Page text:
“In the case of southern Cameroon, income from harvest and the sale of fruits has disappeared, hunting of bush meat as a source of protein was brought to a halt while sources of firewood and medicinal plants vanished, and land rights were lost without compensation,” said RRI’s Francoise Tiayon .

African governments have been chided for making efforts to protect the land rights of rural people and indigenous communities on the one hand, while rapidly ceding community forests and other lands for development with the other. These conflicting choices were the focus of two new reports by RRI and the 13th Regional Dialogue on Forests, Governance, and Climate Change which took place recently in Yaounde, Cameroon’s capital.

“Some ministries (are) choosing to hand over natural resources to agribusiness and mining, and others seeking to protect the rights of their citizens and respect recent commitments,” said RRI’s White.

Samuel Nguiffo, secretary general of the Centre for Environment and Development in Cameroon said he believed government interest in development and exploiting resources outweighs interest in protecting vulnerable communities.


“What communities on the ground in Cameroon see is no different from what is unfolding in other neighbouring countries in West and Central Africa,” he said. “The slow pace of good intentions—the efforts to protect communities of subsistence farmers who have no wealth except for the land that they cultivate—has been overtaken by greed and power.”

Michael Richards, a natural resources economist and author of the RRI report examining 18 large-scale African land acquisitions in the agriculture sector, noted that, “across Africa, weak governance and a lack of legal recognition and support for customary rights are inhibiting any real progress” in protecting forest communities.

The report lists a variety of problems, including a lack of consultation with communities in affected areas, coercion or political pressure, misleading or falsified documents, doubtful legality and poor transparency.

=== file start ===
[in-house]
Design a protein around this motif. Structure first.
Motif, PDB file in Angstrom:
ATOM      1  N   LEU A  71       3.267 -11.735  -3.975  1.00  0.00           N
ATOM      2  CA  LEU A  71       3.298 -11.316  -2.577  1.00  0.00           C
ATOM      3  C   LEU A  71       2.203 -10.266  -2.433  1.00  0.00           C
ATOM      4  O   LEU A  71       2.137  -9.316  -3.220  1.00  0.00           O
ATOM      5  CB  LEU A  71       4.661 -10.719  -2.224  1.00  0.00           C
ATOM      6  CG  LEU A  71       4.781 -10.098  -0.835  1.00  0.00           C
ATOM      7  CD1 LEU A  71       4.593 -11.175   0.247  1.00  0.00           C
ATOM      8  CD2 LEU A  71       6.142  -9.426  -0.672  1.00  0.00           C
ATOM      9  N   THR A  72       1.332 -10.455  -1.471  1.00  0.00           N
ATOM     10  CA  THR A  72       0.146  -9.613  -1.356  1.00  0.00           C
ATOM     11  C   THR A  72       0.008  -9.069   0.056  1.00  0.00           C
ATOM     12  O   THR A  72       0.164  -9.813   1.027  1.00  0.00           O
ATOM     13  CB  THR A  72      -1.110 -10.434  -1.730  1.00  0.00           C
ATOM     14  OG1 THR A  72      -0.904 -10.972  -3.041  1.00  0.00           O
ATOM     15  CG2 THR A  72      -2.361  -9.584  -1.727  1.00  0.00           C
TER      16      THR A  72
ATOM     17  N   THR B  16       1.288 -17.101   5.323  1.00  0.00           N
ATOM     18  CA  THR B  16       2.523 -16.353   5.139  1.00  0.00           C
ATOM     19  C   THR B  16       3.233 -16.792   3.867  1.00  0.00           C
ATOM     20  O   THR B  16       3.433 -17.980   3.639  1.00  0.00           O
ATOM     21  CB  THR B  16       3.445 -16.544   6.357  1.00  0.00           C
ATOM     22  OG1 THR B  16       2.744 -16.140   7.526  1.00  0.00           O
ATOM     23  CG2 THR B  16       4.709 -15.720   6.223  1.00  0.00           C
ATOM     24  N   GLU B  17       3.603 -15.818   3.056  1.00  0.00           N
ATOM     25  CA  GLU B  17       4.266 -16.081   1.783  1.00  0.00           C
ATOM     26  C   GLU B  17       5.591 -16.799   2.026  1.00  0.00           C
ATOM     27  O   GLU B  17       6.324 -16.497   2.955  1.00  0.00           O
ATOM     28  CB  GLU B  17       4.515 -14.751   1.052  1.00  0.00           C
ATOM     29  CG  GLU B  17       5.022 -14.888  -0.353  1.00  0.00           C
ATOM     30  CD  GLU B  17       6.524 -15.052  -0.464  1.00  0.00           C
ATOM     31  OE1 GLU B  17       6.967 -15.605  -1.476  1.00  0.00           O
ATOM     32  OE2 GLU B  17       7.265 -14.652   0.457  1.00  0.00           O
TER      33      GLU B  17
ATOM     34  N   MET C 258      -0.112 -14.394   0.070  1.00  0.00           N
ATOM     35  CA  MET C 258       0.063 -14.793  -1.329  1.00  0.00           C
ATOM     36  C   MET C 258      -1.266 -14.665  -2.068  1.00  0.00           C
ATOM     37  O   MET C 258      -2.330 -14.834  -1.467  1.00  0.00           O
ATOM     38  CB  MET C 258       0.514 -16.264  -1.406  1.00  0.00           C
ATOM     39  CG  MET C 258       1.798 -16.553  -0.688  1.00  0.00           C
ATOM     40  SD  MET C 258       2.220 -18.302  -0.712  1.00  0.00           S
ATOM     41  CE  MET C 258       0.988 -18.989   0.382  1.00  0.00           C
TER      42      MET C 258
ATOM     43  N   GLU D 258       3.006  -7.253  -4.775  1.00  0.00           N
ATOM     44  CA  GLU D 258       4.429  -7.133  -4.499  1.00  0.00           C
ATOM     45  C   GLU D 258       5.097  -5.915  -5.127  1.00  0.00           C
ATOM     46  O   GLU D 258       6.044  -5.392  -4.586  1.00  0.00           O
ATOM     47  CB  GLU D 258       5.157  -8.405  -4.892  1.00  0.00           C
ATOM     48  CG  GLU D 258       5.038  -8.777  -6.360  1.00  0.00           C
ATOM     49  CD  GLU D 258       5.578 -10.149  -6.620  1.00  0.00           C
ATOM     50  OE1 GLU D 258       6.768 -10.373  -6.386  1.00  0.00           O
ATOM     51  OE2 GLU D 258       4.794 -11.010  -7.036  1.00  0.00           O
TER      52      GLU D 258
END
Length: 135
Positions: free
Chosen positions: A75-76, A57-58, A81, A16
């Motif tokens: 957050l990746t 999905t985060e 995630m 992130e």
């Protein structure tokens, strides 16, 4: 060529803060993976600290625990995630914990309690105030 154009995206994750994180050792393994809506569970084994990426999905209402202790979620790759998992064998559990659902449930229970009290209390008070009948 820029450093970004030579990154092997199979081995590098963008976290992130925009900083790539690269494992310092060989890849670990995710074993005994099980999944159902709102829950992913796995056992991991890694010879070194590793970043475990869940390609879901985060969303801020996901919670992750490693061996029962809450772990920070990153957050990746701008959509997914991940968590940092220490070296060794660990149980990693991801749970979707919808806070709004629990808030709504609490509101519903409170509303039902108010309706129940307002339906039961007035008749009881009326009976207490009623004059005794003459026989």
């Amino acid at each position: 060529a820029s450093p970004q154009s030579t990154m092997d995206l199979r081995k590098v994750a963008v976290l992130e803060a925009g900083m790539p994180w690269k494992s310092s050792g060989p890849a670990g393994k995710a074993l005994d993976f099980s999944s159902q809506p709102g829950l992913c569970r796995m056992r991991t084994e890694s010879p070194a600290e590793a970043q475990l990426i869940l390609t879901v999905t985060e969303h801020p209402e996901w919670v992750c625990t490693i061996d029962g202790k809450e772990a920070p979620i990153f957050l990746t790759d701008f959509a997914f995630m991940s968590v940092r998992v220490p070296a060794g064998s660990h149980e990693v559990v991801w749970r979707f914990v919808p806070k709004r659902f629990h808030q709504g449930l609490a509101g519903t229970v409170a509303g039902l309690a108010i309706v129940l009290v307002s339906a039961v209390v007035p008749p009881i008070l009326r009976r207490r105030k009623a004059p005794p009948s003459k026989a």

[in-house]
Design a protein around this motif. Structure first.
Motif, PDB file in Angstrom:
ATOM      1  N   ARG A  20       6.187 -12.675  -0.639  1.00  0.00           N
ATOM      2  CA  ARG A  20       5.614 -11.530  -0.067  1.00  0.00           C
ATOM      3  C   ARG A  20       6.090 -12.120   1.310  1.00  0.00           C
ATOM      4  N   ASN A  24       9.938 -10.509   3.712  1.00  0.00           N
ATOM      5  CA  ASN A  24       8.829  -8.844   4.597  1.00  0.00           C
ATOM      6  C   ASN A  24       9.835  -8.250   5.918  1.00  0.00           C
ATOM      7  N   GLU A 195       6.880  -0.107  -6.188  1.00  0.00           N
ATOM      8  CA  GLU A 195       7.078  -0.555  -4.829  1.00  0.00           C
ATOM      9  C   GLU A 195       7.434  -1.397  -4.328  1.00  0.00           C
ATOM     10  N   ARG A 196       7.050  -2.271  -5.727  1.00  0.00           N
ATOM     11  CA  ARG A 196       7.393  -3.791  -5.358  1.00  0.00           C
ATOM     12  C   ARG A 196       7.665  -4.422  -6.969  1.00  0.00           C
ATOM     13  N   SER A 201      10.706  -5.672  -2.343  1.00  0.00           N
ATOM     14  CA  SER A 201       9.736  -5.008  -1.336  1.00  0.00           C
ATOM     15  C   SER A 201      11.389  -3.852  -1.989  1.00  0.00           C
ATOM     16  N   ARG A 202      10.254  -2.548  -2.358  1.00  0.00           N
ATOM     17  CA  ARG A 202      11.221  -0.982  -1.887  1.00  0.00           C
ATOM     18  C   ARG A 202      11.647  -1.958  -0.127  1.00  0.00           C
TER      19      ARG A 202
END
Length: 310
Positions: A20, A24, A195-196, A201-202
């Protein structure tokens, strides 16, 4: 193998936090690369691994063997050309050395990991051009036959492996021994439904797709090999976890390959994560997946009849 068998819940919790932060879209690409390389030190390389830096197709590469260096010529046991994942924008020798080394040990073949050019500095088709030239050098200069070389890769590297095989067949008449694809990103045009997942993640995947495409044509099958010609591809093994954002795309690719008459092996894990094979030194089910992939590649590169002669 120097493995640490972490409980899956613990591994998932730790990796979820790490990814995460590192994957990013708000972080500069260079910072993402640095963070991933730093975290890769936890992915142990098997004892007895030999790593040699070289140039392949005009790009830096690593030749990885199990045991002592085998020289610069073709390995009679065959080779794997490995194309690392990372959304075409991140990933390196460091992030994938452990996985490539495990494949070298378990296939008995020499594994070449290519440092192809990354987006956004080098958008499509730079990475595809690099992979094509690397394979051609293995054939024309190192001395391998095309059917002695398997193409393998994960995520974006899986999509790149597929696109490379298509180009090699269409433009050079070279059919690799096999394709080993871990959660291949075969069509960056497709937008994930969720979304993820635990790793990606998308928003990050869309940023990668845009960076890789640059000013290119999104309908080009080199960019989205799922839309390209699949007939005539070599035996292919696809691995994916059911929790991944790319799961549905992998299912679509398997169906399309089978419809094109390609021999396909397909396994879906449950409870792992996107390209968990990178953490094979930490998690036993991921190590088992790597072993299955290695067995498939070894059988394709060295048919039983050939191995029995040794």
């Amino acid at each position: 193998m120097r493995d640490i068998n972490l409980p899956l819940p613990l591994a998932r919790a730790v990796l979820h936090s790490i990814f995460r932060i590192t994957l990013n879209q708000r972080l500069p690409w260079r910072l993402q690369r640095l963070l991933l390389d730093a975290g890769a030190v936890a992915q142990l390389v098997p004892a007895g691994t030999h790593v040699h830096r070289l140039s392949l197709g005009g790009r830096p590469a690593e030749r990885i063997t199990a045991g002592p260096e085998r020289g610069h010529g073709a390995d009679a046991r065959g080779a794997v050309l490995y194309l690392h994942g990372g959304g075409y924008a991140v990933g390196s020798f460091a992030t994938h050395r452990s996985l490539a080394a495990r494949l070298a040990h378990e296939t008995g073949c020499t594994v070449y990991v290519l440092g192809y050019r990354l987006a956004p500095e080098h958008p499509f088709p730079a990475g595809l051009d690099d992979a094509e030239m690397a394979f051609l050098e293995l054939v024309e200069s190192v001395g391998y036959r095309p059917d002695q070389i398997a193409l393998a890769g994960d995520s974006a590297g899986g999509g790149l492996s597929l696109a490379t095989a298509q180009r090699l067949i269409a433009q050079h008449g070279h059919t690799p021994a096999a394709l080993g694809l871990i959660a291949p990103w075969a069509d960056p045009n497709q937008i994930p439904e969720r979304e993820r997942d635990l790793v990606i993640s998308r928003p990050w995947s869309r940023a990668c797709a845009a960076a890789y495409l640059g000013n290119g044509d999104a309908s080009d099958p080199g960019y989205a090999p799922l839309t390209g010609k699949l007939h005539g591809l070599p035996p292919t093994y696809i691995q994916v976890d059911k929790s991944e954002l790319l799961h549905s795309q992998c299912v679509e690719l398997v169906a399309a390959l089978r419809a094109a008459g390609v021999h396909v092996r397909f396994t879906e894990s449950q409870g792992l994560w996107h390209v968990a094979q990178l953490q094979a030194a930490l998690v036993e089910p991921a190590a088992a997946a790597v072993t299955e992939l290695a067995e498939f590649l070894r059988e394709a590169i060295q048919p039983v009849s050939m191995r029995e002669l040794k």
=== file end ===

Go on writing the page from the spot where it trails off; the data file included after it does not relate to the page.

“If a free, prior, and informed consent process had been followed, it seems probable that in 17 out of the 18 cases I looked at, the communities would not have given their consent,” Richards said.

Compared to other forested regions of the developing world, such as those in Latin America and Asia, Africa lags far behind in recognising community and customary rights to forest and land; giving control or ownership of forest areas to local and indigenous communities; and recognising the right of communities to exclude invaders.

Studies show that whereas one-quarter to one-third of forest land in Latin America and Asia is owned by communities and indigenous peoples or is designated for their use, this is true of only 2 percent of forest land in Africa, where almost all the land is managed by the government.

“So much human tragedy could be averted if land rights in Africa didn’t erode so soon after they are established,” said Phil René Oyono, an independent expert and author of the second RRI report.

“Yes, there has been a surge of new laws and reform processes since 2009,” added Samuel Nguiffo, “but these efforts are too slow and do not meet the challenges presented by rapid development and exploitation in the extractive sector. Africans will not sit idly by as our future is handed over to the highest bidder.”

Source: Alertnet // Elias Ntungwe Ngalame

Elias Ntungwe Ngalame is an award-winning environmental writer with Cameroon’s Eden Group of newspapers.